- Not clearing any vehicles that were involved in accidents, or failing to direct traffic while investigating a traffic accident, can increase the risk of a collision.
What are the limits on filing claims against the state?
There are strict requirements for filing a claim against the state or a governmental entity for poor road design or repairs. You need to file a timely notice of tort claim against the governmental unit. The notice is generally a letter that informs the governmental entity when and how the accident happened, which governmental entity is involved, the injuries and damage suffered, and the demand for compensation.
- You need to wait at least 90 days after service of the notice before you can file a lawsuit.
- You have 180 days to file the lawsuit after the denial of the claim by the government.
There are caps on the amount you can recover when filing a lawsuit against the state or a government unity or agency. You can’t recover punitive damages in governmental claims for truck accidents or other accidents due to negligence
An experienced Tulsa truck accident understands the process for filing governmental claims. We also understand how claims are handled when both the state and private individuals (such as drivers or truck part manufacturers) are also responsible for a truck accident.
In some cases, truck accident injury victims may have a direct claim against the private owners of private roads.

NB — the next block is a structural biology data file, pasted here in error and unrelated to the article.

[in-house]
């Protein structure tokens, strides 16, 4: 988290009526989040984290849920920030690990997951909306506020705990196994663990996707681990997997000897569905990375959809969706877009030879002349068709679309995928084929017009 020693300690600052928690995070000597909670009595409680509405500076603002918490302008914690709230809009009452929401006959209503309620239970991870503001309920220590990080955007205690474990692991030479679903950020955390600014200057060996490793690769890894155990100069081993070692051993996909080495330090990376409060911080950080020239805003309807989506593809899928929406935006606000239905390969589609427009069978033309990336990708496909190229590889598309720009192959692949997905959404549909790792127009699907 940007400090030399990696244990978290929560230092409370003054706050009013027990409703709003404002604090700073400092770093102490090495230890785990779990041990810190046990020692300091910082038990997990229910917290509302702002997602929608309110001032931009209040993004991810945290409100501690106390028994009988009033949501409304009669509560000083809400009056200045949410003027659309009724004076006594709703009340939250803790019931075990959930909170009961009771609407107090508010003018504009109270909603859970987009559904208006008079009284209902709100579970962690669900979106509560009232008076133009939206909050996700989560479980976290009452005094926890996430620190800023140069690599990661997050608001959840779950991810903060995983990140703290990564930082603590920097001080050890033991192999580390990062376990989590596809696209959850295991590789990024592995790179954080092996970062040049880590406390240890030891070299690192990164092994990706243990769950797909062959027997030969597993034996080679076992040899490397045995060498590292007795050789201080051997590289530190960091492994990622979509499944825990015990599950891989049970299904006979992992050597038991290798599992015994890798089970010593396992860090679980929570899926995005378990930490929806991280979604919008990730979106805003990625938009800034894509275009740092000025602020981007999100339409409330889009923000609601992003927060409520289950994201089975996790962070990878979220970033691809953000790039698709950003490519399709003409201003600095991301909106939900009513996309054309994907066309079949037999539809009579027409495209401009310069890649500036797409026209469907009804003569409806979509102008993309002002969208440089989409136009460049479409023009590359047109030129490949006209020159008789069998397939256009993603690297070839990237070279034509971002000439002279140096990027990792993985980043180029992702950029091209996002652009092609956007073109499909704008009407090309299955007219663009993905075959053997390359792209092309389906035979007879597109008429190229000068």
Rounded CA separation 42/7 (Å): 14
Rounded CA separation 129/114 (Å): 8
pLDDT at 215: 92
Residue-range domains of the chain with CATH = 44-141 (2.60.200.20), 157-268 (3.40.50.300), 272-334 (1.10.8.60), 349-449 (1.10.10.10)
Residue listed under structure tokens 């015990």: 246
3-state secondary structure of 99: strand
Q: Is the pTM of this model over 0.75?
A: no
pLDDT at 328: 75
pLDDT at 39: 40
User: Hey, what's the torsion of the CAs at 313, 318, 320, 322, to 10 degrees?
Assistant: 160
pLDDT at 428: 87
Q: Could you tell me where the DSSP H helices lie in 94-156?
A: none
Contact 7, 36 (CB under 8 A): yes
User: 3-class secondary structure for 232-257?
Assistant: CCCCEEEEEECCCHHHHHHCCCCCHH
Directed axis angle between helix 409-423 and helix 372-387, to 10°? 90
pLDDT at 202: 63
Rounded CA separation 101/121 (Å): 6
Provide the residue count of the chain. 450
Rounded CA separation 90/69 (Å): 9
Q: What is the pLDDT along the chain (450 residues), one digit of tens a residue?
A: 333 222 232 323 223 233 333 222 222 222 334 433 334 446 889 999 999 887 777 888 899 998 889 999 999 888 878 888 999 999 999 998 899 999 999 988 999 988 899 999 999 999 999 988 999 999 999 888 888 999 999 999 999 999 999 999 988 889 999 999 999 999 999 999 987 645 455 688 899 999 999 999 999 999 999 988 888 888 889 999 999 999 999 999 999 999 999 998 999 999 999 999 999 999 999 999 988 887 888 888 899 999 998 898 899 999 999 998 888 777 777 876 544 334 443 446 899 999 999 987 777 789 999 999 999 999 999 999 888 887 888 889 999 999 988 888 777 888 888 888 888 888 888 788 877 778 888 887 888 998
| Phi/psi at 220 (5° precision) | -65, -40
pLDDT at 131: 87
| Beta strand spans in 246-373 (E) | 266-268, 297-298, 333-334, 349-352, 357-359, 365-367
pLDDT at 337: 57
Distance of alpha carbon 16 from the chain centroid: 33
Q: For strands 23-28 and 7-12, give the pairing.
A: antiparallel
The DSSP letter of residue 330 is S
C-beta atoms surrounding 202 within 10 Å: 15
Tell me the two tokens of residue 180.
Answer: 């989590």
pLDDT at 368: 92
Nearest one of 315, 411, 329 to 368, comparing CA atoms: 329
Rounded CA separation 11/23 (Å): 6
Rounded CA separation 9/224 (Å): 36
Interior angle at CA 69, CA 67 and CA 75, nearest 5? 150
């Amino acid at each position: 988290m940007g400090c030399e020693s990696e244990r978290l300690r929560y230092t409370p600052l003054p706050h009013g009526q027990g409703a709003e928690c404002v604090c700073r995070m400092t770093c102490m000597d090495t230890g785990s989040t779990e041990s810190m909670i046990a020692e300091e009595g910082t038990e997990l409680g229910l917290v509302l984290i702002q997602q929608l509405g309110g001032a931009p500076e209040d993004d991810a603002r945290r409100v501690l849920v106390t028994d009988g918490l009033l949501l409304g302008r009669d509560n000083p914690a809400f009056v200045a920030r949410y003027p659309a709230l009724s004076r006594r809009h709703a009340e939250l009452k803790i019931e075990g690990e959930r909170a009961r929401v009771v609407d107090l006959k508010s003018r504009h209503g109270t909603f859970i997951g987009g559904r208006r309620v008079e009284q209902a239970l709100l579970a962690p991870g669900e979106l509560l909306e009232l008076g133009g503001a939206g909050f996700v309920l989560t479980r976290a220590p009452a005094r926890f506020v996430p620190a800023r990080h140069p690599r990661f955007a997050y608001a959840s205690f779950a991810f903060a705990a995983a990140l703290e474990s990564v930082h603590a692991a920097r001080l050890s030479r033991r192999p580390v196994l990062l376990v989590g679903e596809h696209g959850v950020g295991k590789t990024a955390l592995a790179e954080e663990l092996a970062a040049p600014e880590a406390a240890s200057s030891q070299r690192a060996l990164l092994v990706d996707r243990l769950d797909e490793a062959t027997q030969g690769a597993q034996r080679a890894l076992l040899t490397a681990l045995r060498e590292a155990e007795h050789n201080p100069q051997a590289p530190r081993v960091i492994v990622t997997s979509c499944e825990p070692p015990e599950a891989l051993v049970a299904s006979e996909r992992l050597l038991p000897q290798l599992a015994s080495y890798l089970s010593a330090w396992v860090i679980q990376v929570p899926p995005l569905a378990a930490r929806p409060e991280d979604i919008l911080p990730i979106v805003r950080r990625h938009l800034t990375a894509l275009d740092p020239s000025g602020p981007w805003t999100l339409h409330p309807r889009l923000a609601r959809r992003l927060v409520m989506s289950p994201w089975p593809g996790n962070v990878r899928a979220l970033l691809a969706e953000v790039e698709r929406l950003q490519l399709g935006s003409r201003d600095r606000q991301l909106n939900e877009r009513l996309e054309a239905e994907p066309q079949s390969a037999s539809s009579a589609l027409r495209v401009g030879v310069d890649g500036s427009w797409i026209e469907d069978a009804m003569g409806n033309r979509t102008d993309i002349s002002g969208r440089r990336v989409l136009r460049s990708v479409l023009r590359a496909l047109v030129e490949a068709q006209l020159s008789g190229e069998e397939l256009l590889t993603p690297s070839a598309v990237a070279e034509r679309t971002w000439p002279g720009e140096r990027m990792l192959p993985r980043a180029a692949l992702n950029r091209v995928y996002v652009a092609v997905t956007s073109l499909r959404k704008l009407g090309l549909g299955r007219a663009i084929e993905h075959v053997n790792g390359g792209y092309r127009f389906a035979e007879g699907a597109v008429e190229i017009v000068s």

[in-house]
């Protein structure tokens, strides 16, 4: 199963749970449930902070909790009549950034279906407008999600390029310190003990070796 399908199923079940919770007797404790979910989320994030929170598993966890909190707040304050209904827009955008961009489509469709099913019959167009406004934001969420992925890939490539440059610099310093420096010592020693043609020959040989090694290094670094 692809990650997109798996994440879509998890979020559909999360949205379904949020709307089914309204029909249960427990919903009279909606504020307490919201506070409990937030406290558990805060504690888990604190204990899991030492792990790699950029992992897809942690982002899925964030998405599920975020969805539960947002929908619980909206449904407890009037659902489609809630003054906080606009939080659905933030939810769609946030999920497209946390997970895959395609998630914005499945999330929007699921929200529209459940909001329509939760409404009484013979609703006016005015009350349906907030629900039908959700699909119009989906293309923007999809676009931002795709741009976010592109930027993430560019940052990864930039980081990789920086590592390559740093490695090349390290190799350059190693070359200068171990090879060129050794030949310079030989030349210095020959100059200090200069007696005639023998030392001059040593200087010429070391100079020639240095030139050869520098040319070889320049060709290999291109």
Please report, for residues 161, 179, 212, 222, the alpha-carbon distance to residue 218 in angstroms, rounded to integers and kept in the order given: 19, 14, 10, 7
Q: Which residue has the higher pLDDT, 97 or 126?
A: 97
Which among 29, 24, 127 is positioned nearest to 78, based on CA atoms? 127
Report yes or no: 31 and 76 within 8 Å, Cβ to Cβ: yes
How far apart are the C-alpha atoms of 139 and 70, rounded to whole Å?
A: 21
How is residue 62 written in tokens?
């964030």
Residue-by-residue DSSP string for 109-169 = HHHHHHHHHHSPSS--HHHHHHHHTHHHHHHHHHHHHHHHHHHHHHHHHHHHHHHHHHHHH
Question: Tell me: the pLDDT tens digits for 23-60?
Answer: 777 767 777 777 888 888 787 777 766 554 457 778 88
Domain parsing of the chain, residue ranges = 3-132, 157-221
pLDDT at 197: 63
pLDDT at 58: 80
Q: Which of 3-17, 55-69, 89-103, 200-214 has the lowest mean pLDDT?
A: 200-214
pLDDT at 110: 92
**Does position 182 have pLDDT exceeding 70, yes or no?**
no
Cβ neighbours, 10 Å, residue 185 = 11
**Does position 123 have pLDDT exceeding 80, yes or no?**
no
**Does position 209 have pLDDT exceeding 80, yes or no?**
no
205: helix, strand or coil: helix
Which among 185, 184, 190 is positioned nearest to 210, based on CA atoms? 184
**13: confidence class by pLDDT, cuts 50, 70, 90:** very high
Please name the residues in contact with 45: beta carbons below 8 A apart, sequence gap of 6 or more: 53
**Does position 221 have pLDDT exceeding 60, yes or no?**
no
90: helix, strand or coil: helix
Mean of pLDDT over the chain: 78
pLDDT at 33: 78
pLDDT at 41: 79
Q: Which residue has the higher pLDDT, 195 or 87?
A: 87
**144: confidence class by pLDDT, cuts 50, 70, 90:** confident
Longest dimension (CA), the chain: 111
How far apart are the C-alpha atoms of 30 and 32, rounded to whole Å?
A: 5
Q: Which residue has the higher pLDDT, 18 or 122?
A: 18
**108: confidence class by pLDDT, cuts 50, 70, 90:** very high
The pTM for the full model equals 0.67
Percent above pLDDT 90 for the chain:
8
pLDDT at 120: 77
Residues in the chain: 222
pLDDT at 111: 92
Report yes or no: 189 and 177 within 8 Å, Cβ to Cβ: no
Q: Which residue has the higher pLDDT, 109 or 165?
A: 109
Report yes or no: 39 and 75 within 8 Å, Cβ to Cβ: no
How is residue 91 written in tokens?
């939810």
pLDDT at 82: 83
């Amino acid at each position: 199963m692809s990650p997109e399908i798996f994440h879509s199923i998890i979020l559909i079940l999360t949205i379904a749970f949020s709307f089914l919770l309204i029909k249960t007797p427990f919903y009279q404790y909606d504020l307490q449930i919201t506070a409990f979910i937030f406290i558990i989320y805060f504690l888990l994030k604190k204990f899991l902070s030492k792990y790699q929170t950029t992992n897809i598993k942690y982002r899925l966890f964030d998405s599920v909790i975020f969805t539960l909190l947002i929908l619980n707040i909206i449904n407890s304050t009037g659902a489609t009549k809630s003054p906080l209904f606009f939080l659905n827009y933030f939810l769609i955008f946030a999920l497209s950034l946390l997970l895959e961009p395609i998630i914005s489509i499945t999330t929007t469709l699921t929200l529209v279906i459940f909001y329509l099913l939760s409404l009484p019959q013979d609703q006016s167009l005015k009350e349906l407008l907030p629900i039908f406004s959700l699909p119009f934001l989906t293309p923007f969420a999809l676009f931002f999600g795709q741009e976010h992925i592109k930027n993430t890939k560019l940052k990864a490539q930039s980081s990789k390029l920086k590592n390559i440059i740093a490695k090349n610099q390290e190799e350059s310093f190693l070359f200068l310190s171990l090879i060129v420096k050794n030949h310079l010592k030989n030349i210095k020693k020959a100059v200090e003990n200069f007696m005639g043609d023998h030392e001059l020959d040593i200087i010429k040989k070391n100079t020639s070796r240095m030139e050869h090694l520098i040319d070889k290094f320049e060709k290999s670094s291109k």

Governmental responsibility for construction accidents
Another common roadway safety problem occurs when the Department of Transportation or repair crews are constructing or repairing roads. The construction work must be performed to protect and inform drivers. Drivers should have plenty of warning that lanes are merging/reducing. The drivers should be able to see the workers. Many other safety precautions during construction are required.
Governmental responsibility for bad weather
Sometimes, bad weather makes roads impassable. When the snow is too heavy, the governmental entities responsible for the traffic on the specific roads should take steps to inform (warn) drivers that the roads and/or lanes are closed, blocked, or otherwise off-limits, and that visibility may be poor in certain stretches.
Governmental units have similar responsibilities for roads during hurricanes and other types of inclement weather.
At Biby Law Firm, our Tulsa truck accident lawyers understand the complexities of filing claims against the state or governmental entities. We file wrongful death claims if a loved one dies. We demand compensation for your pain and suffering, medical bills, and lost income if the roadway design or the failure to properly the highways or streets caused your injuries. We’ll guide you through each step of the litigation process. Many cases against the state do settle. We’re ready to try your case in court when necessary. To speak with a premier Tulsa truck accident lawyer, call us at 918-547-8458 or use our contact form to schedule an appointment.
Jacob Biby has spent his legal career helping folks just like you get the resources they need after an injury. He completed his undergraduate degree at Oklahoma State University and earned his Juris Doctorate from the University of Tulsa in 2008. Jacob is licensed to practice in all Oklahoma state and federal courts, and has limited his career to representing individuals and families who were injured by the negligence of other people or corporations. Learn more about Jacob Biby.